A petition to stop the revival of the 118-year-old Jonglei Canal project in South Sudan, started by one of the country’s top academics, is gaining traction in the country, with the waterway touted as a catastrophic environmental and social disaster for the country’s Sudd wetlands.
It follows a series of calls within South Sudan’s government to restart the project in order to prevent flooding and improve the region’s infrastructure. The country’s vice president has already announced plans to conduct a feasibility study in the hopes of getting the defunct canal operational.
The vice chancellor of the University of Juba, Prof John Akec, launched the ‘Save the Sudd’ social media petition with the intention to submit it to the country’s president once completed. Akec’s petition has already gained tens of thousands of signatures out of the required 100,000.
Previous research has shown that the canal would have serious repercussions on the delicate ecosystem of the Sudd region, including negative effects on the aquatic, wild and domestic plants and animals, as well as interfere with the farming activities of the people in the region, potentially displacing them.
“We will not have enough water and it will dry up and if it dries up, all the livelihoods that connected to that area, including fishing, resettlement and grazing lands will be lost,” Akec says.
“Water is more valuable than oil, diamonds and gold,” said Akec. “Let’s wake-up from our sleep and stop the theft of water and destruction of our ecosystems and economic future by Egypt.”
The canal, first proposed by a British engineer in Cairo back in 1904, would divert water away from the Sudd wetlands to deliver 10 billion cubic metres (2.6 trillion gallons) from the Nile to downstream Sudan and Egypt. Plans started to take shape in 1954 but the project was halted 30 years later and is now at a stalemate. About 270 kilometres (168 miles) of a total of 340 kilometres 150 miles) of the canal has already been excavated.
Earlier this year, one of South Sudan’s vice presidents, Taban Deng Gai, called for the resumption of the canal project in order to prevent flood disasters in Jonglei and Unity state.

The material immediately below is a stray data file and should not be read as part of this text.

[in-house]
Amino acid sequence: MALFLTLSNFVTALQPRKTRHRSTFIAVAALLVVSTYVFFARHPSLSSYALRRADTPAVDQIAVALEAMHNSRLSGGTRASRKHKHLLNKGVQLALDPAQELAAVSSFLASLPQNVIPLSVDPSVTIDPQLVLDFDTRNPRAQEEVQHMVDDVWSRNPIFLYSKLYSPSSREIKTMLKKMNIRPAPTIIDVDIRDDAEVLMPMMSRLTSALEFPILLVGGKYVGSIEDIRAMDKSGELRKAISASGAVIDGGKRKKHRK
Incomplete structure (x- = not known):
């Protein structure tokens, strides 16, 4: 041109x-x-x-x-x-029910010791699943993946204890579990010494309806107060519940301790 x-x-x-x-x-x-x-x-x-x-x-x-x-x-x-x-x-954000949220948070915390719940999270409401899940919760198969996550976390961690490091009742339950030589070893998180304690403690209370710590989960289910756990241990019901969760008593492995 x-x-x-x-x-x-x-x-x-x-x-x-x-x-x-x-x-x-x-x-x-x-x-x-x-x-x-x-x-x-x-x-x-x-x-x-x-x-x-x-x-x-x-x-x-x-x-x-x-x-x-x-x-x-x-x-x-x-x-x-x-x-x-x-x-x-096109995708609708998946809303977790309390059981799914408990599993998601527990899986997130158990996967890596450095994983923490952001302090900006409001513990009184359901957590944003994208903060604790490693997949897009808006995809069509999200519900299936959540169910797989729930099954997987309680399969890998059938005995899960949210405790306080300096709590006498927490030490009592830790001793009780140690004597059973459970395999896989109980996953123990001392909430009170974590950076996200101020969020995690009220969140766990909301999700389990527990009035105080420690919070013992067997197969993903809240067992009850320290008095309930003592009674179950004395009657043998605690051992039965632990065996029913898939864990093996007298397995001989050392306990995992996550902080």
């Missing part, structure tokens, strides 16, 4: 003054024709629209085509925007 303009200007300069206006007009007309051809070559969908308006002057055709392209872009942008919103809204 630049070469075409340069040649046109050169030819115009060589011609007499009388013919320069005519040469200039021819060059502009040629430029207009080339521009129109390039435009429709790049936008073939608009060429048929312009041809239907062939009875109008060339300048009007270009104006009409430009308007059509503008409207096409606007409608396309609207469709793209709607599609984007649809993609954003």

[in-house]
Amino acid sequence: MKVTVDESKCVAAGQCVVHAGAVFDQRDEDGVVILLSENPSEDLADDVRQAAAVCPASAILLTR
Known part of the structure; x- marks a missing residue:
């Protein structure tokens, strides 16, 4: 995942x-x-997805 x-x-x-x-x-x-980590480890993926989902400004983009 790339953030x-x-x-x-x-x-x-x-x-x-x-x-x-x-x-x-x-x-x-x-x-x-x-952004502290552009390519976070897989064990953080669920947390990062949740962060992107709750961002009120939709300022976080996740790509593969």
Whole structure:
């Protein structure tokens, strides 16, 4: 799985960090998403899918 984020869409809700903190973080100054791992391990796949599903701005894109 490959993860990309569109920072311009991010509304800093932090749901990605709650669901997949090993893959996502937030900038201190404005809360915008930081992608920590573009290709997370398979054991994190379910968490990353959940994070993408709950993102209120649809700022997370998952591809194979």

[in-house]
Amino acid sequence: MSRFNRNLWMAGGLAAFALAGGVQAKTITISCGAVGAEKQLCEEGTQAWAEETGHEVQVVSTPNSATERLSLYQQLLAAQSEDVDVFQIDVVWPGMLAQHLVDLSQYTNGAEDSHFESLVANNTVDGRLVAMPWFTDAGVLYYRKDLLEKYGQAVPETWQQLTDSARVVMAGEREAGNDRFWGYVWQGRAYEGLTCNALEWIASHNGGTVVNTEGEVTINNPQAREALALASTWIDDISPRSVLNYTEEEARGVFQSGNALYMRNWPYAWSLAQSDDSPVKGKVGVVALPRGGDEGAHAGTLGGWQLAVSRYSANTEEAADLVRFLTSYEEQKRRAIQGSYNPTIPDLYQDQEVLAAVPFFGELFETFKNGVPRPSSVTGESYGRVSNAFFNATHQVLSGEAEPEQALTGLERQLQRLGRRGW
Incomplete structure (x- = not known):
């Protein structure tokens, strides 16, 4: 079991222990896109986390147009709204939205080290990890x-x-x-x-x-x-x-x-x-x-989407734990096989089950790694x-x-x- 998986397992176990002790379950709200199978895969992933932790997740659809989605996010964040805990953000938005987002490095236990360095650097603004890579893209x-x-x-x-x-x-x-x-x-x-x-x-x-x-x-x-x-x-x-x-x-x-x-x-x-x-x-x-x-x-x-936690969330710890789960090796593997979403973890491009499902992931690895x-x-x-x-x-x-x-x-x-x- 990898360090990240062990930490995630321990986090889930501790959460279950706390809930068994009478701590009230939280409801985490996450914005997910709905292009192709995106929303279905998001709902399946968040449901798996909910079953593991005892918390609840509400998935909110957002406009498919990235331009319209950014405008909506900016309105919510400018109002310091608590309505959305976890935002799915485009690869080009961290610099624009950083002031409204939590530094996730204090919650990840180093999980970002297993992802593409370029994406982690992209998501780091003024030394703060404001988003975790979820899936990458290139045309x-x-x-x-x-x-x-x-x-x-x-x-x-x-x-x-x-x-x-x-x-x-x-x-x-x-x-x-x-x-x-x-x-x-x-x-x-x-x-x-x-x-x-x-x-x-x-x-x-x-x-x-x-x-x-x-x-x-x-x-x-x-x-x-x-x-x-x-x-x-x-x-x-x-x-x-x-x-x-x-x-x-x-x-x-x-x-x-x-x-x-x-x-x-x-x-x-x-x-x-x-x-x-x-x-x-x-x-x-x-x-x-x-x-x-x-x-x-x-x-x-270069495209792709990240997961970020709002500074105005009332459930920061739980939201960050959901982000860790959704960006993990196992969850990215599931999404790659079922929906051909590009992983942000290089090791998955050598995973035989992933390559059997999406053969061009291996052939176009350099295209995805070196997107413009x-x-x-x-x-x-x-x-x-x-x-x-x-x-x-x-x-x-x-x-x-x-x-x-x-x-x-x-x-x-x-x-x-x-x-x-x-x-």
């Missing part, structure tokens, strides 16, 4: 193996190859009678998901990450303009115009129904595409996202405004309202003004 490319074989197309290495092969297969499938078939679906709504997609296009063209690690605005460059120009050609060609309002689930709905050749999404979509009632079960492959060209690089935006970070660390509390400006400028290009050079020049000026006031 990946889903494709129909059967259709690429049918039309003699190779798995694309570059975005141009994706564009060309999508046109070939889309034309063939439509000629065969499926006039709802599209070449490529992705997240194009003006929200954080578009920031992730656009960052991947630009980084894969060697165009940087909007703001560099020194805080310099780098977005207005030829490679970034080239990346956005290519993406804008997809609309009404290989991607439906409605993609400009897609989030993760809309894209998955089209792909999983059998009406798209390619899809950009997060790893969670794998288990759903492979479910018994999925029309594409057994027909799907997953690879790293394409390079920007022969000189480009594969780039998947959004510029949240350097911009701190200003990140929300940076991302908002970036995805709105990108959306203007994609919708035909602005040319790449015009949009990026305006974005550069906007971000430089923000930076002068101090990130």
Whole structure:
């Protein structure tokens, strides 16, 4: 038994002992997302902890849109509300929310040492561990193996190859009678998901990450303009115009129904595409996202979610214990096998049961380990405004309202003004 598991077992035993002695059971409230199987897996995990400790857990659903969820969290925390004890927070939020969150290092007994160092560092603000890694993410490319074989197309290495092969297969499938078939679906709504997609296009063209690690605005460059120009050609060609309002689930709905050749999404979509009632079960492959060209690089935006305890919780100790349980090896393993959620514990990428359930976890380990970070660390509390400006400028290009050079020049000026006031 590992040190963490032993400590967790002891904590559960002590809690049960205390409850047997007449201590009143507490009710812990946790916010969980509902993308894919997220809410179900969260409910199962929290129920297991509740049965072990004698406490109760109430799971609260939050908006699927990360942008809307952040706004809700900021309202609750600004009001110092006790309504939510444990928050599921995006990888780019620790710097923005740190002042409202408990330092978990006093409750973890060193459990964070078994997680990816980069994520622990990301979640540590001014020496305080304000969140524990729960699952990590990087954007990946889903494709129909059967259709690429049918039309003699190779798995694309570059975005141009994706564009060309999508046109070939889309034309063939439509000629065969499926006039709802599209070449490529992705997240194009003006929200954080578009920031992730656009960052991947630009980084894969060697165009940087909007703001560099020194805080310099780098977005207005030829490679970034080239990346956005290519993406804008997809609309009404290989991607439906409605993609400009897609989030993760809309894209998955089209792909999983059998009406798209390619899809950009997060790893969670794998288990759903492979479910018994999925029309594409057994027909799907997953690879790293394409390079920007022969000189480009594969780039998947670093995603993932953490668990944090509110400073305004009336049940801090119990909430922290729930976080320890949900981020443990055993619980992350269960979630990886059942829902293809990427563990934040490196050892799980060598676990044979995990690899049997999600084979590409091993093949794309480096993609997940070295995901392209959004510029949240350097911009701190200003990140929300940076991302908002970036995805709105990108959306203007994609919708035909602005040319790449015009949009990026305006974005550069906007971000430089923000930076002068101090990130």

The floods have led to a widespread collapse of livelihoods, severely hindering the ability of households to maintain their livestock. Traditional coping strategies and sources of income are no longer viable for many communities.
“We never lacked food as farmers, but now the floods have destroyed our farms. There is water everywhere,” said Martha Achol, a farmer and mother of six, who recounted the struggles inflicted by the floods in Jonglei state.
Another local farmer, 60-year-old Mayak Deng, agreed. “We had enough food then but today we don’t have enough,” he said.
Meanwhile, Nile basin countries are experiencing water scarcity due to the impacts of rapid population growth and climate change, creating renewed interest in the canal project.
South Sudan’s minister of water resources and irrigation, Manawa Peter Gatkuoth, said that the project would also create avenues for infrastructural development, agriculture, river transport and tourism. Gatkuoth has requested an approval and a budget from the office of vice president Riek Machar to kick-start the canal.
But environmentalists worry about disrupting the Sudd’s delicate balance and life cycle. Deng Majok Chol, a PhD candidate at Oxford University’s Environmental Change Institute, argues that the ongoing increase in flooding events is only a small fluctuation within the longer millennial cycle of the Sudd.
Rainfall caused by the evaporation of water in the Sudd will be largely reduced if the canal project comes to fruition, with green areas at risk of becoming dry and arid. There are concerns that even those living beyond the Sudd region, as well as in downstream Sudan and Egypt, will be negatively impacted.
An environmental and social impact assessment warned that the canal project would “irreversibly or partially destroy downstream ecosystems”.
“The current calls for the resumption of the Jonglei Canal project demonstrate a failure to observe and learn from the global trend of water management challenges compounded by global warming,” said Majok. “It does not take a rocket scientist to see these moves as baits, strategically calculated toward a more than a century goal of exclusive control over how Nile water is utilized.”
Economic and climate concerns have also stirred opposition to the canal.
“The economic value of the Sudd wetlands is estimated at a billion dollars annually and this will be lost if the wetlands are drained,” Nhial Tiitmamer, director of the Environmental and Natural Resources Programme at the Sudd Institute, warned.
Tiitmamer added that the Sudd wetlands are a migratory transition points and corridors for bird species that migrate between Europe and Africa every year and some of these birds are classified both in South Sudan and internationally as endangered species.
He cautioned that the project will lead to an “exacerbation of climate change through reduction of carbon sinks as well as through release of carbon dioxide from the wetlands destruction.”
- An AP report